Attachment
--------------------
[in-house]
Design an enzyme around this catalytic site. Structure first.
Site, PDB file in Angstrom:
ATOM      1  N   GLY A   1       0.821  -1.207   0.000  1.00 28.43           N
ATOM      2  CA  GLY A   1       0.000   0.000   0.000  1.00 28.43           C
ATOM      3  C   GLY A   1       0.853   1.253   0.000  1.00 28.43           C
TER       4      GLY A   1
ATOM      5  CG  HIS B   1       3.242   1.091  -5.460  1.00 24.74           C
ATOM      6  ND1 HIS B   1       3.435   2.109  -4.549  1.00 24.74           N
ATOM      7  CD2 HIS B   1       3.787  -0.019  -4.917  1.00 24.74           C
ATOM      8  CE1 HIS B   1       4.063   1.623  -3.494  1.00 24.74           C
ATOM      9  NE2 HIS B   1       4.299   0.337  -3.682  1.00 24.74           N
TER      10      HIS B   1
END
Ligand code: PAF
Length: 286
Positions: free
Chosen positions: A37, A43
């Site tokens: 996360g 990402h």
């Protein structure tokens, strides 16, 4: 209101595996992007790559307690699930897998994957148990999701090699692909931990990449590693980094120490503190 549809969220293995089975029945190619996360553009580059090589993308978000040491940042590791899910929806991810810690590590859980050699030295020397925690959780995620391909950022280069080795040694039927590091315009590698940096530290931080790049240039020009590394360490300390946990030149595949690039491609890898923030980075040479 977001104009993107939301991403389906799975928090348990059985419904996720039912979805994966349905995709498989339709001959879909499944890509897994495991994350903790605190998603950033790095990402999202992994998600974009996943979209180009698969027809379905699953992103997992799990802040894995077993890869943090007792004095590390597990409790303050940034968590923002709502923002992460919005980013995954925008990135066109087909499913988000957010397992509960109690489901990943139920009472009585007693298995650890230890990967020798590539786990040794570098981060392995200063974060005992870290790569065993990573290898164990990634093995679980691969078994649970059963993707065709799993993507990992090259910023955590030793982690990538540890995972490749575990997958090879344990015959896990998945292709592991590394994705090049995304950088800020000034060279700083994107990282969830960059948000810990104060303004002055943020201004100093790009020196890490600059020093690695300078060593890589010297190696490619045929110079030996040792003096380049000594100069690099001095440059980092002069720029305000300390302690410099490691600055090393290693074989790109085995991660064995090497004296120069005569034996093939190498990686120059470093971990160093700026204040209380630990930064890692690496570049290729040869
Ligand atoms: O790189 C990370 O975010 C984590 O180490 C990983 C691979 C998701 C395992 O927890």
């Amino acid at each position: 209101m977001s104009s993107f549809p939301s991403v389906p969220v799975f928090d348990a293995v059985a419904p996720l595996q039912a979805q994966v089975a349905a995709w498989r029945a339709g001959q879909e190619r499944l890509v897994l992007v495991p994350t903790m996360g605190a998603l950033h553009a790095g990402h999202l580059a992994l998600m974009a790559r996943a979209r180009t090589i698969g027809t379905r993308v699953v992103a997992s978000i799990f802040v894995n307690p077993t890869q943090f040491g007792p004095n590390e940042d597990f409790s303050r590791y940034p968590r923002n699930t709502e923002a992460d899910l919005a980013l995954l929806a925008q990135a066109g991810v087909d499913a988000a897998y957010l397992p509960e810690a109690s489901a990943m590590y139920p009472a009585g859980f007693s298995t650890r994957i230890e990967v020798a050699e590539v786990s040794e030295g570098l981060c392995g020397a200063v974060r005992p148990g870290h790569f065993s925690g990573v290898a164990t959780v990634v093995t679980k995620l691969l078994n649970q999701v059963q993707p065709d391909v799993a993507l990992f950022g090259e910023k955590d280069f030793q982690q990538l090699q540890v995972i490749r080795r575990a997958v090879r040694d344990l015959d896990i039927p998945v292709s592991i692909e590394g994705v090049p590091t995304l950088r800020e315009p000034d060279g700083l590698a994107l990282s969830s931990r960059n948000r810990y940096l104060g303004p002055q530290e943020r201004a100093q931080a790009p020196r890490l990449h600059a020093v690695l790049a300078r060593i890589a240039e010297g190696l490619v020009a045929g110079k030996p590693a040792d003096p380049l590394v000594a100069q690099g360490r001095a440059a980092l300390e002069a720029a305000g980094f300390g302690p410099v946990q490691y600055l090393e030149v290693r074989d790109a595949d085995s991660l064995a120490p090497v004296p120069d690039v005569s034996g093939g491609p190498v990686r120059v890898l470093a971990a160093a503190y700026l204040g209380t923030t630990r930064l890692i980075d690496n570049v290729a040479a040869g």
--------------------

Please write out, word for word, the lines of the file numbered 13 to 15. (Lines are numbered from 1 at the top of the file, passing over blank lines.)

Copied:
TER      10      HIS B   1
END
Ligand code: PAF